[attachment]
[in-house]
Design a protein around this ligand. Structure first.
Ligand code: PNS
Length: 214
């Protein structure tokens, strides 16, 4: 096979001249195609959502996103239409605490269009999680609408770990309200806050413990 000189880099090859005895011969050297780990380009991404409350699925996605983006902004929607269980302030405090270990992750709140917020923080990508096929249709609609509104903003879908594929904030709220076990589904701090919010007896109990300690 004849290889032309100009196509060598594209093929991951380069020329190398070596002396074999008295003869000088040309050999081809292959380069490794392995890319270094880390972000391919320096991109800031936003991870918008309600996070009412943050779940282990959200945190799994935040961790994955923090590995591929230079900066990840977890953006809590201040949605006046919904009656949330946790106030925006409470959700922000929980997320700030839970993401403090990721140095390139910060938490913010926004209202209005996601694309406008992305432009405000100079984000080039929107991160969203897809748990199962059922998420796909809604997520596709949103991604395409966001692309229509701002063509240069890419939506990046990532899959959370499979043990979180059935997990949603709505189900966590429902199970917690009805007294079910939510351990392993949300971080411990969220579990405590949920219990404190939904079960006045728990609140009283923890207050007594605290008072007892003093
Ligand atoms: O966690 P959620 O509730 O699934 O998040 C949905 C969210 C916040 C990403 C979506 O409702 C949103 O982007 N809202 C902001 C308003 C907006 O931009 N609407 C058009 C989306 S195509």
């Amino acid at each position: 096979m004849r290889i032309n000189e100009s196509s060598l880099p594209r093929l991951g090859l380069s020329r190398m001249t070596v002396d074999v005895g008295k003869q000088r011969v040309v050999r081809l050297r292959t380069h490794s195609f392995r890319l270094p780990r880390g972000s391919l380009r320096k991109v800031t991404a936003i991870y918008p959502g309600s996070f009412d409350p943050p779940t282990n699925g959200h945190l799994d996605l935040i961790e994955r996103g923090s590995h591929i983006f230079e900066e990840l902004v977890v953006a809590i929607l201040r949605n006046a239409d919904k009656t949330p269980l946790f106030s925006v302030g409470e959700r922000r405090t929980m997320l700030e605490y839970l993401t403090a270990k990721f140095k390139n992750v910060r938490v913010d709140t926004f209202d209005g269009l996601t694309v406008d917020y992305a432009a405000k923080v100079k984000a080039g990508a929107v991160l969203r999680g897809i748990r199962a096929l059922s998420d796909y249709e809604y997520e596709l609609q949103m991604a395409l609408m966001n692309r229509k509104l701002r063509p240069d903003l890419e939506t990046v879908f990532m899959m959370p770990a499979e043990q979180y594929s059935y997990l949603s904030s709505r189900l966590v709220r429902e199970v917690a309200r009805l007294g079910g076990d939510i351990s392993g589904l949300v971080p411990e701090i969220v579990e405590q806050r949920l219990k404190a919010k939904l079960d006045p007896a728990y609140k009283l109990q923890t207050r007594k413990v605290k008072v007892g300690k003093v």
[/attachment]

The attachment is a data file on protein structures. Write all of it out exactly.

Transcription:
[in-house]
Design a protein around this ligand. Structure first.
Ligand code: PNS
Length: 214
């Protein structure tokens, strides 16, 4: 096979001249195609959502996103239409605490269009999680609408770990309200806050413990 000189880099090859005895011969050297780990380009991404409350699925996605983006902004929607269980302030405090270990992750709140917020923080990508096929249709609609509104903003879908594929904030709220076990589904701090919010007896109990300690 004849290889032309100009196509060598594209093929991951380069020329190398070596002396074999008295003869000088040309050999081809292959380069490794392995890319270094880390972000391919320096991109800031936003991870918008309600996070009412943050779940282990959200945190799994935040961790994955923090590995591929230079900066990840977890953006809590201040949605006046919904009656949330946790106030925006409470959700922000929980997320700030839970993401403090990721140095390139910060938490913010926004209202209005996601694309406008992305432009405000100079984000080039929107991160969203897809748990199962059922998420796909809604997520596709949103991604395409966001692309229509701002063509240069890419939506990046990532899959959370499979043990979180059935997990949603709505189900966590429902199970917690009805007294079910939510351990392993949300971080411990969220579990405590949920219990404190939904079960006045728990609140009283923890207050007594605290008072007892003093
Ligand atoms: O966690 P959620 O509730 O699934 O998040 C949905 C969210 C916040 C990403 C979506 O409702 C949103 O982007 N809202 C902001 C308003 C907006 O931009 N609407 C058009 C989306 S195509």
């Amino acid at each position: 096979m004849r290889i032309n000189e100009s196509s060598l880099p594209r093929l991951g090859l380069s020329r190398m001249t070596v002396d074999v005895g008295k003869q000088r011969v040309v050999r081809l050297r292959t380069h490794s195609f392995r890319l270094p780990r880390g972000s391919l380009r320096k991109v800031t991404a936003i991870y918008p959502g309600s996070f009412d409350p943050p779940t282990n699925g959200h945190l799994d996605l935040i961790e994955r996103g923090s590995h591929i983006f230079e900066e990840l902004v977890v953006a809590i929607l201040r949605n006046a239409d919904k009656t949330p269980l946790f106030s925006v302030g409470e959700r922000r405090t929980m997320l700030e605490y839970l993401t403090a270990k990721f140095k390139n992750v910060r938490v913010d709140t926004f209202d209005g269009l996601t694309v406008d917020y992305a432009a405000k923080v100079k984000a080039g990508a929107v991160l969203r999680g897809i748990r199962a096929l059922s998420d796909y249709e809604y997520e596709l609609q949103m991604a395409l609408m966001n692309r229509k509104l701002r063509p240069d903003l890419e939506t990046v879908f990532m899959m959370p770990a499979e043990q979180y594929s059935y997990l949603s904030s709505r189900l966590v709220r429902e199970v917690a309200r009805l007294g079910g076990d939510i351990s392993g589904l949300v971080p411990e701090i969220v579990e405590q806050r949920l219990k404190a919010k939904l079960d006045p007896a728990y609140k009283l109990q923890t207050r007594k413990v605290k008072v007892g300690k003093v």